But back to this morning! We live near Whatcom Falls Park, so this walk began there. We donned full rain gear, put my daypack’s rain cover on and set out at about 6:30 a.m.. Aaron just bought new ultralight rain gear from Outdoor Research. It is very shiny and lightweight. To save on weight the jacket doesn’t have pockets. This could be a deal breaker. But it does roll up to the size of a granola bar!
Rain in the early morning has a quality all its own with the drooping sea spray, the circles of raindrop ripples on the pond where ducks float, heads tucked under their wings, seemingly still asleep. In the following poem, Wendell Berry gives my experience words.
I part the out thrusting branches
and come in beneath the blessed and the blessing trees.
Though I am silent
there is singing around me.
Though I am dark
there is vision around me.
Though I am heavy
there is flight around me.
Continuing on, we followed the Railroad Trail north, out of Whatcom Falls Park, as it traverses Alabama Hill and curves west around to where it crosses Woburn Street at the Barkley Haggen and the new cinemas across the street. (This past weekend Aaron and I walked to a movie, had a nibble at Zen after, and walked home, about 5 miles round trip. It’s light so late now, that coming in from a walk at 8:30 at night is easy-peasy.) This morning, I walked with Aaron as far as James Street. He turned north and I turned south.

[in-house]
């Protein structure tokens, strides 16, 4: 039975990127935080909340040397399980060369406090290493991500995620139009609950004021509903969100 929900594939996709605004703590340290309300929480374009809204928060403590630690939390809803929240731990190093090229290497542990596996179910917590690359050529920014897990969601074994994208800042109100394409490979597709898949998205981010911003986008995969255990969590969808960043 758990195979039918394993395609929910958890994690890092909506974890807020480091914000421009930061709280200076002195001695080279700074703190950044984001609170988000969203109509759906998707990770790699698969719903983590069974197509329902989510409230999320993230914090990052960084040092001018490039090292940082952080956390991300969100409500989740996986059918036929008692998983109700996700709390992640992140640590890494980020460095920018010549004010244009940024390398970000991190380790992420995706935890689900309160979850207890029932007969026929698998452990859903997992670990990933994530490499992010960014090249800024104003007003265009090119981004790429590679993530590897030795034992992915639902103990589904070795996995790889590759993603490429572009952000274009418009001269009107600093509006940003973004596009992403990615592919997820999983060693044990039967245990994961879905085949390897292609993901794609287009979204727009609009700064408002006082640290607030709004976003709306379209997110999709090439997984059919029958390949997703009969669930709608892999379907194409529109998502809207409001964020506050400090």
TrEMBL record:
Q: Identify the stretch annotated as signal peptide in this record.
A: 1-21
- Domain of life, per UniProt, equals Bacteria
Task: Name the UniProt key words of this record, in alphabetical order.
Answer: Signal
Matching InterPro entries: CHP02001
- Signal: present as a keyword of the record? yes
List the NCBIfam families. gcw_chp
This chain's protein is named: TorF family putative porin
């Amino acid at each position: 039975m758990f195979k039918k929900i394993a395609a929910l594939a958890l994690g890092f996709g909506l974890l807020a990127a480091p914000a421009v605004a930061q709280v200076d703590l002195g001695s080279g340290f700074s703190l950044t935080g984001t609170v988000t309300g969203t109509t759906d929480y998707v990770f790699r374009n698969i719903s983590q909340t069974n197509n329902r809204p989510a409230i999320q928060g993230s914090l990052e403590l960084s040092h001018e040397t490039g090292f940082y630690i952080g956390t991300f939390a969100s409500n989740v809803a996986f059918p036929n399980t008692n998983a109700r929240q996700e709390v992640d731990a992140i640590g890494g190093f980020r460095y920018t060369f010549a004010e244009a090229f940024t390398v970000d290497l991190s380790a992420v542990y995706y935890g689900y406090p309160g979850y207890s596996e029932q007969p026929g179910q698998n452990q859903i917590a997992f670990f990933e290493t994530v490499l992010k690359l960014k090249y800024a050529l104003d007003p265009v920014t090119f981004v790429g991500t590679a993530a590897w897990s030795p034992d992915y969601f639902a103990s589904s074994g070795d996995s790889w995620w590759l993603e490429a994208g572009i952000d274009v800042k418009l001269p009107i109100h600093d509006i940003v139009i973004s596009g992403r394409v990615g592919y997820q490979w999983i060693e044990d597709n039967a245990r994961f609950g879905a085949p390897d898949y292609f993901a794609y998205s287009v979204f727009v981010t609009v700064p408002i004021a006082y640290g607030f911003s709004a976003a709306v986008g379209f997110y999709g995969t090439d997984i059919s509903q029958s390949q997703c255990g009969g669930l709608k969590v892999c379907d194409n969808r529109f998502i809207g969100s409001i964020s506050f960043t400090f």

Did you know there are two pedestrian overpasses that cross Interstate 5 north of Alabama Street? They were constructed to give those residents of Bellingham living east of the freeway, access to Memorial Park. The Railroad Trail passes over I-5 to the south of Memorial Park and the other crossing (at the end of Illinois Street) passes over I-5 just to the north of Memorial Park. This park was created in 1889 to memorialize Whatcom County’s fallen soldiers. Here is a brochure giving the description of the park’s history and a map to the many, many different trees planted there years ago. It’s super cool and would make an awesome treasure hunt for those wanting to learn their trees.